Intuitive Cooking with Iguana Eggs

Rhonda and Alma del Mar scholars showing off their dish.

What better way to bring people together than to offer them some tasty food? We love sharing what’s cooking at the Foodshed. In 2019 already, we have been hosting cooking demonstrations and tastings alongside our Mobile Farm Stand. Yes! We can source local wholesale produce in the winter months.

Bringing local food into our communities isn’t enough to change the paradigm; we need to offer the opportunity to allow people to touch, taste, and smell new, unfamiliar foods! We’ve found that when people are able to simply taste it, they are more likely to buy local food. We want to empower people to make the choice to support their local farmers! Cooking is one tool we use to do this. By doing these demos/tastings, we not only see an increase in farmer’s sales, but also in the consumption of fruits and vegetables.

Rhonda whipping up a simple egg omelette with mushrooms, herbs, and shallots.

Rhonda (read her bio here), specializes in cooking intuitively. Basically, it’s cooking without a recipe- making a dish with what you have on hand and what’s in season. Rhonda will “shop” the markets and farm stands for produce and other local products to create something simple, easy, and delicious!

If you’re a beginner cook, intuitive cooking is definitely a skill that needs to be learned, and we understand that some people need a little help! A recipe with more instructions can come in handy. For those who need more guidance, we will be working with local chefs, who will feature their own cultural dishes. Whether it’s Puerto Rican, Cape Verdean, Portuguese, or even American cuisines, we want to highlight these popular dishes featuring local products whenever possible. The important thing to note is that cooking doesn’t need to be scary or complicated (although you can make it as complex as you like!) and there are many different ways to cook. Cooking and food is a part of our culture and it’s an amazing tool for bringing the community together.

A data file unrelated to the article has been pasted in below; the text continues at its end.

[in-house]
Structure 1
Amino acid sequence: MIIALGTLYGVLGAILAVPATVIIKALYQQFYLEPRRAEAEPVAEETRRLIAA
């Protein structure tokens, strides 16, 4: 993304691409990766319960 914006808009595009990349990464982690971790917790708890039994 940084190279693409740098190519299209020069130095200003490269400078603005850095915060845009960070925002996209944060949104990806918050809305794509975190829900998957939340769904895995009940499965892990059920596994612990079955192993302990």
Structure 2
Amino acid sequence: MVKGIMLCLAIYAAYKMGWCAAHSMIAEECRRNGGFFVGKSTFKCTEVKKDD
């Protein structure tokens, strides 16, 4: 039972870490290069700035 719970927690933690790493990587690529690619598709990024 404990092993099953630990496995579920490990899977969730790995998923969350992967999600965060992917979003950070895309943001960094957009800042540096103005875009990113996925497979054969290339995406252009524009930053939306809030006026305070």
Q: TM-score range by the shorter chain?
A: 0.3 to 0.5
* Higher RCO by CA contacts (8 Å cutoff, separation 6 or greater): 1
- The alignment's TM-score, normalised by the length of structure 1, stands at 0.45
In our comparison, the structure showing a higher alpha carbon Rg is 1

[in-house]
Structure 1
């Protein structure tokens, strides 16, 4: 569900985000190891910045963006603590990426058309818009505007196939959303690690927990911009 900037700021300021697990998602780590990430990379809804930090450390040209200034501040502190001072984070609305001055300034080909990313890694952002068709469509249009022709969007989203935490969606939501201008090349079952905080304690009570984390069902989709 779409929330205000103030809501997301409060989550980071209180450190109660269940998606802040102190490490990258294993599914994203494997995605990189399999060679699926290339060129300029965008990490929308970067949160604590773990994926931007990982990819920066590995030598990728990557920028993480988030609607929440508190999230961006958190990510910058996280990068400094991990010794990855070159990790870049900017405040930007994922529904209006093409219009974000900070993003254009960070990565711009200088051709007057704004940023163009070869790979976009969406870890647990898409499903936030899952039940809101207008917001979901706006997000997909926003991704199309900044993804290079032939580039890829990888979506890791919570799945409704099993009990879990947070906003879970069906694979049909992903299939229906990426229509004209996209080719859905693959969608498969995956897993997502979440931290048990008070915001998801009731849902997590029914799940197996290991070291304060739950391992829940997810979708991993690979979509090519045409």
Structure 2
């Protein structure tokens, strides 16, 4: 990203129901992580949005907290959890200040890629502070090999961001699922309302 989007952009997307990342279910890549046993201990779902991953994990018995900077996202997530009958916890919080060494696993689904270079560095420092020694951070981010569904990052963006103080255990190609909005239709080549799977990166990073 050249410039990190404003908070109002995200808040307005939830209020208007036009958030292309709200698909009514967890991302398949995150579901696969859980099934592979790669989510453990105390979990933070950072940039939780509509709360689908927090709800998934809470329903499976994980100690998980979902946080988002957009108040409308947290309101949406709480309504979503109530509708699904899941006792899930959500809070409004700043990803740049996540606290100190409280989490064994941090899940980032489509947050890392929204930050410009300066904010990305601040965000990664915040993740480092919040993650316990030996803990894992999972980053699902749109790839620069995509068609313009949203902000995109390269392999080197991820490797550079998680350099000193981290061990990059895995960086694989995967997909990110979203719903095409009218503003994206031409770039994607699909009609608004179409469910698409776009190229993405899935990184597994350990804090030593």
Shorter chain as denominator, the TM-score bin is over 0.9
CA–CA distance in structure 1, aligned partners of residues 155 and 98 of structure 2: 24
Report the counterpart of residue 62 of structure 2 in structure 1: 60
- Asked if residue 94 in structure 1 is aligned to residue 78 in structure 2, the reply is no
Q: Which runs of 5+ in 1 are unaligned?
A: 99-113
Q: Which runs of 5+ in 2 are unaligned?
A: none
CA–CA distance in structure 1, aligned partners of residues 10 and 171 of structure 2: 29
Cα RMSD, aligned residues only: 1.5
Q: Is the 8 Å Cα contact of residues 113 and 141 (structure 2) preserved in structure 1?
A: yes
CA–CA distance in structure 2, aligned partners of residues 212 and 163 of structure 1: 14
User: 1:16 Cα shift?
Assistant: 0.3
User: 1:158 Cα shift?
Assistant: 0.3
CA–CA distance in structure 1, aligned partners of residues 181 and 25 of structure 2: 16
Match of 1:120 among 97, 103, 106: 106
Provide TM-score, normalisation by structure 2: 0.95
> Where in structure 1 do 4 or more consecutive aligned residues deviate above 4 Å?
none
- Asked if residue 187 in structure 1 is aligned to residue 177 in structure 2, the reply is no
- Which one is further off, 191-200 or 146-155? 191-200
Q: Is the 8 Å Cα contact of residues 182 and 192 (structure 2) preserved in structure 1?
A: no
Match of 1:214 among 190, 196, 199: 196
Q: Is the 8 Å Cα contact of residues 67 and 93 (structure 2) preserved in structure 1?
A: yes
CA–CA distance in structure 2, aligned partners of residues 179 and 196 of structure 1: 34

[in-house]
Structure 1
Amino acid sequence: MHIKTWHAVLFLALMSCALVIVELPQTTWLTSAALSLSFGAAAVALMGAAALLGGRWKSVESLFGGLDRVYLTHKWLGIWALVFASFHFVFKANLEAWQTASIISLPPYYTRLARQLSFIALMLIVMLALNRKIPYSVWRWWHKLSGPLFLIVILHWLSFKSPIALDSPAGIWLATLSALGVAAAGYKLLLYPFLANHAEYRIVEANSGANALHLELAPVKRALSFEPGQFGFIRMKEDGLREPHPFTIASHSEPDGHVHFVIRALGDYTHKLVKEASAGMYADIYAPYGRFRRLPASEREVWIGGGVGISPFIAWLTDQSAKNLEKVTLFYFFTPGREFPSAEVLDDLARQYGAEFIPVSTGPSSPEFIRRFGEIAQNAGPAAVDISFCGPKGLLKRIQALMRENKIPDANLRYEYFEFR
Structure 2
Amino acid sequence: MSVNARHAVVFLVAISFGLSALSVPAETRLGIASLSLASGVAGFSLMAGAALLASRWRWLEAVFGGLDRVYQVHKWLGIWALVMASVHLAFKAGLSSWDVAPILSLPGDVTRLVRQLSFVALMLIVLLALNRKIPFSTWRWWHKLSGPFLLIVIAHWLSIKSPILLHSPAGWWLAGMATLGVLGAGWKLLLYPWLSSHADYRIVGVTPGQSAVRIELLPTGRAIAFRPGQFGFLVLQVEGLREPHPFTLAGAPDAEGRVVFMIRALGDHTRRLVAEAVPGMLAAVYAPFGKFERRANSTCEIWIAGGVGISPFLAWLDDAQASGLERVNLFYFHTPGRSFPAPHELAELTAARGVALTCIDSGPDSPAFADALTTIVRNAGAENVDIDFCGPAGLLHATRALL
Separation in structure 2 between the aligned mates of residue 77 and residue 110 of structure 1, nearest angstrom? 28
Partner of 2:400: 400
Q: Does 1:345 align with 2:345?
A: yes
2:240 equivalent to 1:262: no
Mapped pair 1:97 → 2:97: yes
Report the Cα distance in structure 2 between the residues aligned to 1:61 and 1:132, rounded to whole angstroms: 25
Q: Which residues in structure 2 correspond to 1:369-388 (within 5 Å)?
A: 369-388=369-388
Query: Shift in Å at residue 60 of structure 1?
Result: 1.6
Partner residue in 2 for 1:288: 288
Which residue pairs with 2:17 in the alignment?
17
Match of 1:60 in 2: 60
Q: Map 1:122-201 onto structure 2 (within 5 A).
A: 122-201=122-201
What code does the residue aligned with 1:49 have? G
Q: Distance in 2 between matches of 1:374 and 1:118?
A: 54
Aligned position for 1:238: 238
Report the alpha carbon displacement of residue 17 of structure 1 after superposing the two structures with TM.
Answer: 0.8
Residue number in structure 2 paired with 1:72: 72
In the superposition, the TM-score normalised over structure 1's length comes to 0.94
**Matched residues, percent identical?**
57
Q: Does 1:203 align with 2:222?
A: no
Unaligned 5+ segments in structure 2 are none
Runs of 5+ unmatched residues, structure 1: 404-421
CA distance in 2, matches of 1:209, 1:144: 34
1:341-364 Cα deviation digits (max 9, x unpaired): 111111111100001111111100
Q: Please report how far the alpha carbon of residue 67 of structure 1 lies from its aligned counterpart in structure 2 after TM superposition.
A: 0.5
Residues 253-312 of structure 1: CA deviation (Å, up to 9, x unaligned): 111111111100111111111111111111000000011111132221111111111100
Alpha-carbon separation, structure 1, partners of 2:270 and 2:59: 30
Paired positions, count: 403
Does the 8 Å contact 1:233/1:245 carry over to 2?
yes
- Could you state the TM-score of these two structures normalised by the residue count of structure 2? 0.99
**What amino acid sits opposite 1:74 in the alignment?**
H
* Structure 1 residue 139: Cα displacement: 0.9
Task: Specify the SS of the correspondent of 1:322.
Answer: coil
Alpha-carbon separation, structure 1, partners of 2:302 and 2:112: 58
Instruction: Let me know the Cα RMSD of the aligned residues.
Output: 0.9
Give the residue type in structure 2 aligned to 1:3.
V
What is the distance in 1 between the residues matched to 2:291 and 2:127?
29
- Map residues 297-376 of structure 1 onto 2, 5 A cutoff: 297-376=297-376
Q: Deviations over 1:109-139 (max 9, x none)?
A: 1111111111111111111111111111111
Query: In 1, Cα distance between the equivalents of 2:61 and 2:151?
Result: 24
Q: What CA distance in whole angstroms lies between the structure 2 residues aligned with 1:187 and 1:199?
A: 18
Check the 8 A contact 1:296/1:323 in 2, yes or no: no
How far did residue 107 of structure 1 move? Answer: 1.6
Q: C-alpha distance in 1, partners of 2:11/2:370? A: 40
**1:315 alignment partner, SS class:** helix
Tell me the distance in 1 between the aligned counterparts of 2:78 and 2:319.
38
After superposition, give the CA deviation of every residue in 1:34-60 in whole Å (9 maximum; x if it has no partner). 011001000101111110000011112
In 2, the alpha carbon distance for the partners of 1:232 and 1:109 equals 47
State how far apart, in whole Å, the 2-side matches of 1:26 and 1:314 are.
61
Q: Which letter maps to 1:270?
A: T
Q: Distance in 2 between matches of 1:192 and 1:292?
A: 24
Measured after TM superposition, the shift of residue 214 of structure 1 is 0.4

Check out some of the pictures below to see our cooking demos in action at some of the events we’ve attended this year.

A dill mustache.

Along with our cooking demos/tastings, we were invited by the Grow Education to New Bedford’s Gomes Elementary School to do a presentation on “Where Does Your Food Come From?”

We presented about our local farmers, what they grow, and what products can be found at our markets. We always love the opportunity to educate students about local agriculture, but what we love even more is when they educate us! Gomes Elementary is one of the most diverse schools in New Bedford, and many students are recent immigrants of Central America. During the presentation, we asked, “What type of animals lay eggs that we can eat?” Some students said chickens, geese, or ducks, while one student shouted, “Iguanas!” The other students were fascinated (and so were we!) and wanted to learn more. From the excitement, the other students from Central America started sharing their stories of favorite foods. “Can we find chipilĂ­n at the New Bedford Farmers Markets?” one student asked. Unfortunately, he can not, but we were quick to reach out to farmers to inquire about this unfamiliar green.

Frank Magan, from UMass Amhert’s Stockbridge School of Agriculture is doing some excellent research on culturally appropriate crops that also grow well in New England’s climate. Guess what crop we found on his list? ChipilĂ­n! Understanding the needs of our community will not only help to increase healthy eating habits, but also support our farmers as well. We are excited to dig deeper into this and help farmers bring these types of food into our community. Stayed tuned for more!

Gomes students try a local bravo radish from the New Bedford Farmers Markets